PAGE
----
"Synecdoche" is a literary device (epitomized by such turns of phrase as "sea of faces") by which a portion of something is used to represent the whole, or vice versa. This understood, one could marvel that with this film, there has finally been created a punning title that has a point other than merely being clever; indeed, the cleverness is almost totally undercut by the fact that virtually nobody in this borderline illiterate country knows what the word "synecdoche" means.
This is screenwriter Charlie Kaufman's directorial debut. The plot centers on a despirited New York playwright's attempt to create something new and meaningful. The recipient of both a MacArthur "genius" grant and faint praise from his wife, who laments that he merely rehashes old standards with a slight new spin (casting the leads of Death of a Salesman with young people, for example), Caden Cotard begins to forge a new, experimental theater that will bring a heretofore unrealized reality to the world of performance. With no script, he encourages his troupe to become their characters, to live them and explore them, gradually creating, over the course of years during which his actors lament the continued absence of any audience, a microcosm of the world as he sees it. His "art imitates life" approach extends ever farther, until the process of creating the play is itself folded into the play, with actors portraying himself and his staff. If that sounds familiar, it might be because you've already seen Kaufman's earlier, Spike Jonze-directed film Adaptation, a film about nothing less than its own creation. One might conclude that Kaufman is something of a one-trick pony, and could well be correct in so concluding. That's not a condemnation; most ponies we meet can't do any tricks at all, and if the one trick they know is largely left undone by others, it's still a worthy thing to see, or can be, providing the pony isn't in a debilitating bout of depression when it starts bowling, or whatever this clever pony does.
It's possible, however rare, to respect a film's craft and artistry without particularly liking it. Whatever it is that Caden is attempting at any given point, be it connecting with his family, understanding just what he wants his play to do, or simply getting laid, he's awkward and bad at it, and ends up sad and lonely. Frankly, there's only so much "sad and lonely" I feel the need to voluntarily immerse myself within. Structurally, the film is like a picture of a man with a magnifying glass examining the same picture of a man with a magnifying glass, all the way down. It goes farther and deeper than most films venture to go, but the problem is that no matter how far down the scale one goes, the picture is always the same. This isn't absolutely, literally, true; one of the points to which the story returns is the matter of an actor's individual interpretation, and imperfection at portraying another real individual. But the outcome for poor Caden is still like sticking him between two parallel mirrors: he goes on and on, further and further, but without changing. It might be a telling experiment, albiet a rather cruel one, to hand out razor blades to moviegoers along with their tickets, just to see if there was any appreciable depreciation in the number of them who exited the screenings.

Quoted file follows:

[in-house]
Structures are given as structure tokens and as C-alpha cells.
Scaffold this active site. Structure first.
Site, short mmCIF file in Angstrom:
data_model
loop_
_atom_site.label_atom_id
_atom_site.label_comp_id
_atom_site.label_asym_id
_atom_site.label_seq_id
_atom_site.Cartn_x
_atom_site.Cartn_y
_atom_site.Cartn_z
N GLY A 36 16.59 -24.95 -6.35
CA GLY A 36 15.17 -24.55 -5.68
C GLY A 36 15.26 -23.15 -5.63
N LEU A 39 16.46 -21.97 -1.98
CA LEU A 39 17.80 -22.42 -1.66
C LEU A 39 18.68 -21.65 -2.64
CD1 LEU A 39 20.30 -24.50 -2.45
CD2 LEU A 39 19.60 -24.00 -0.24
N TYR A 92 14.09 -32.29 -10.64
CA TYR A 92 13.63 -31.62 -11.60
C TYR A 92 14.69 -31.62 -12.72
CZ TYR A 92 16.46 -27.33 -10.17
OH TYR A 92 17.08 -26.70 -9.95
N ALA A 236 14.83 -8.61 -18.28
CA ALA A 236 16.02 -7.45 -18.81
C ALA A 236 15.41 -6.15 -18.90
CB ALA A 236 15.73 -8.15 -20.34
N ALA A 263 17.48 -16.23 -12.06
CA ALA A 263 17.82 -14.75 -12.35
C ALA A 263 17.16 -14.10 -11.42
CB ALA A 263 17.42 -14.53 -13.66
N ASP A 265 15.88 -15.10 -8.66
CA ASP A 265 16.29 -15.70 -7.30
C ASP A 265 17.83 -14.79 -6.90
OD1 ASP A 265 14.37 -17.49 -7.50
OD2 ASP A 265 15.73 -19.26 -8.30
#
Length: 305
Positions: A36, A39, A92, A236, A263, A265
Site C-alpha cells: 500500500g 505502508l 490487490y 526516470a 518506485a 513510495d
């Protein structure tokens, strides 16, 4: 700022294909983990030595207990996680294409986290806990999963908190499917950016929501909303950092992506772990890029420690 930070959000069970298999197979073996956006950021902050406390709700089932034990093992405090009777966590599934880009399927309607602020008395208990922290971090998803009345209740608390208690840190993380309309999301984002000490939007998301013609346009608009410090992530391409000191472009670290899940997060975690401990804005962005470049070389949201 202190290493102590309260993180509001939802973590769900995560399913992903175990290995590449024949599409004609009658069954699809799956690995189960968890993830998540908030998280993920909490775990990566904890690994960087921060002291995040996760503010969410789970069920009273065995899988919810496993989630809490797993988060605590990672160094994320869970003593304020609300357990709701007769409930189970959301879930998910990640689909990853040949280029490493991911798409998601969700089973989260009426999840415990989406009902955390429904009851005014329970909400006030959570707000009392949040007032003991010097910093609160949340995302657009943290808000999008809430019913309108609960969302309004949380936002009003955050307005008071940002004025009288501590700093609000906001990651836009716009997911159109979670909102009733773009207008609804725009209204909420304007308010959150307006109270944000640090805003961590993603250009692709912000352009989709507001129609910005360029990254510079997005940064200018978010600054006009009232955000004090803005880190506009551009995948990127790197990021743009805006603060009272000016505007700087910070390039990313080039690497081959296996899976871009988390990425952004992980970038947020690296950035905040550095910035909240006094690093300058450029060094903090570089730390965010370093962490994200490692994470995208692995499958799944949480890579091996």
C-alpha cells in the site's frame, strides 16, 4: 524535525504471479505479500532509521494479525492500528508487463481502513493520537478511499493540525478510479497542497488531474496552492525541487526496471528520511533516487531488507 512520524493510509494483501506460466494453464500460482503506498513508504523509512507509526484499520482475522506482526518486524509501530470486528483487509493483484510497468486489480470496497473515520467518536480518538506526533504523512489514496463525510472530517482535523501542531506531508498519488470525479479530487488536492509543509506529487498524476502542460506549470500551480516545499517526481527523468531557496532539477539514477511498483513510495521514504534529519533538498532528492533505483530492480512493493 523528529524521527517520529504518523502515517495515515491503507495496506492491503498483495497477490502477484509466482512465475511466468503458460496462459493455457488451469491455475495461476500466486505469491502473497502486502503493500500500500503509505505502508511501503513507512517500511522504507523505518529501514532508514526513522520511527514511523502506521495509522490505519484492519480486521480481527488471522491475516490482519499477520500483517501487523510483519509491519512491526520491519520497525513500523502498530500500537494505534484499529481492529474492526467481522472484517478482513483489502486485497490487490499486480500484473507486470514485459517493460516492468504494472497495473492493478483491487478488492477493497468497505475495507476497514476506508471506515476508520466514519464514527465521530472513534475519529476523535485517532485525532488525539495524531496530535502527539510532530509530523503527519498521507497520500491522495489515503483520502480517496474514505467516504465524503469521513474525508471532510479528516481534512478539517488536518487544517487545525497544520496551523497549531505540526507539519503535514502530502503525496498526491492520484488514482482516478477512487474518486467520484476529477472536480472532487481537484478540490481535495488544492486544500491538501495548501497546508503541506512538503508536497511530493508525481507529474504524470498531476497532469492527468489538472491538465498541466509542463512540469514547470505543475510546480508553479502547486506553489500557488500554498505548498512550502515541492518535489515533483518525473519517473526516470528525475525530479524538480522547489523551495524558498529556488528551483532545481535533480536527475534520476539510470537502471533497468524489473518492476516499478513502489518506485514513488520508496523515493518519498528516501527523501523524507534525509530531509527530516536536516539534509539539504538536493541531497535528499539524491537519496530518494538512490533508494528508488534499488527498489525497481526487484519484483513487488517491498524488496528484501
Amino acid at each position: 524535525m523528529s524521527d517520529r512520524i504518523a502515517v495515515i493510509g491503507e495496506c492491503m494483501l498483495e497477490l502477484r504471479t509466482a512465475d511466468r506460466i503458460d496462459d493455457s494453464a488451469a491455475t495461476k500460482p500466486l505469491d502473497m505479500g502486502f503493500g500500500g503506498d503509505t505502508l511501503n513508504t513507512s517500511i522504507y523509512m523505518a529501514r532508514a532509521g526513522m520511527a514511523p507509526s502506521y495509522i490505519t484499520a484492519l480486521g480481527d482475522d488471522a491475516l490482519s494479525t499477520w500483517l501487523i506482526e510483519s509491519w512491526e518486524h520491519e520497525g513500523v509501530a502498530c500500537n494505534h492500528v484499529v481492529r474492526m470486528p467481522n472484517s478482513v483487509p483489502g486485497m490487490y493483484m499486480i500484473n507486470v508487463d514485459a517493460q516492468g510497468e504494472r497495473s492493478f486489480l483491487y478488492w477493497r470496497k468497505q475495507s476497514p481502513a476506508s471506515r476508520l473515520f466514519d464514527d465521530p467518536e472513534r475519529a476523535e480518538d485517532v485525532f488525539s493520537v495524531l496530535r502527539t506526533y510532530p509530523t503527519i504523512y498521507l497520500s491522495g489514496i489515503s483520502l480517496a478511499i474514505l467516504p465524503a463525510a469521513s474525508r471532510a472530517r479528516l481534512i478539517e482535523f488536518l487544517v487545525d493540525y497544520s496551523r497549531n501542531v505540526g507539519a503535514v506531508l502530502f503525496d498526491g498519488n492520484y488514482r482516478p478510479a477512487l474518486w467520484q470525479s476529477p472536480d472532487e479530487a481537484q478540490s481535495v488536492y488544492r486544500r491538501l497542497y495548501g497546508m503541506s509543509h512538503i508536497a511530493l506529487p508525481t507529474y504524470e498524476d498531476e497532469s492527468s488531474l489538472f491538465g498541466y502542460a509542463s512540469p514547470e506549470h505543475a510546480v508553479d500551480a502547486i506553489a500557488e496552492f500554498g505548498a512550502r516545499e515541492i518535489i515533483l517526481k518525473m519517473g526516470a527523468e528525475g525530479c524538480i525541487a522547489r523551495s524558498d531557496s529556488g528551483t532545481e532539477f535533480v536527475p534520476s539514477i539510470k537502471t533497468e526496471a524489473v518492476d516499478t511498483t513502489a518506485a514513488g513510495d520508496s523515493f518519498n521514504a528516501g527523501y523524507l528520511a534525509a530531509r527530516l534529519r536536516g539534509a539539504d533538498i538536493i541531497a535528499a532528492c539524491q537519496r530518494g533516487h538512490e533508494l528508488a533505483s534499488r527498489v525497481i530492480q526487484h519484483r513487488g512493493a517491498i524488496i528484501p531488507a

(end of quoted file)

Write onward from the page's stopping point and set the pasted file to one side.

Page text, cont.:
This is the sort of film I like, but not the sort of subject. For all of its relentless demands, voiced by its main character, for total honesty, the film is not itself honest. It offers only one perspective. It plays with the notion of role-playing, the fluid and not-so-fluid nature of identity, the desire to create and to understand, but does so all in the service of dissecting one emotional vector. How many funeral scenes does a single film need? Not this many, frankly. Early on in the film, there's a scene wherein one of Caden's many romantic interests is contemplating purchasing a house which appears perpetually on fire. I wasn't sure if I was supposed to laugh at it or not. It felt transplanted from a much more whimsical film, and continued to stand out via its noticeable violation of convention-the film otherwise presents its story through events that would not happen, as opposed to ones that could not happen. If I could have just gone ahead and laughed, I'd have been happier for it. Without it, we have two hours of loneliness, despair, disenchantment, failure...thanks, we get it already. "This is everyone's experience," the film disingenuously tells us. I know of no one who spends every waking hour bemoaning the emptiness of it all. Yes, life is depressing. It's lots of other things, too. Why don't they get a seat at this multi-dimensional table? Why is only "brutal" truth counted as truth? What happened to the at least tacit hopefulness of Eternal Sunshine of the Spotless Mind?
One might recall a scene in Adaptation where Nicholas Cage, playing Charlie Kaufman himself, asks the teacher of a screenwriter's workshop why a film cannot emulate "real" life by featuring no major events and leaving the characters unchanged, and is angrily told that such a viewpoint is narrow and dishonest, as well as a waste of the audience's time. In retrospect, one must conclude that Kaufman was playing devil's advocate, and not truly critiquing such an approach, which is why this film is intellectually stimulating but deeply unsatisfyingly emotionally. If people truly write what they know, it's starting to look like Charlie Kaufman knows only himself.
-review by Matt Murray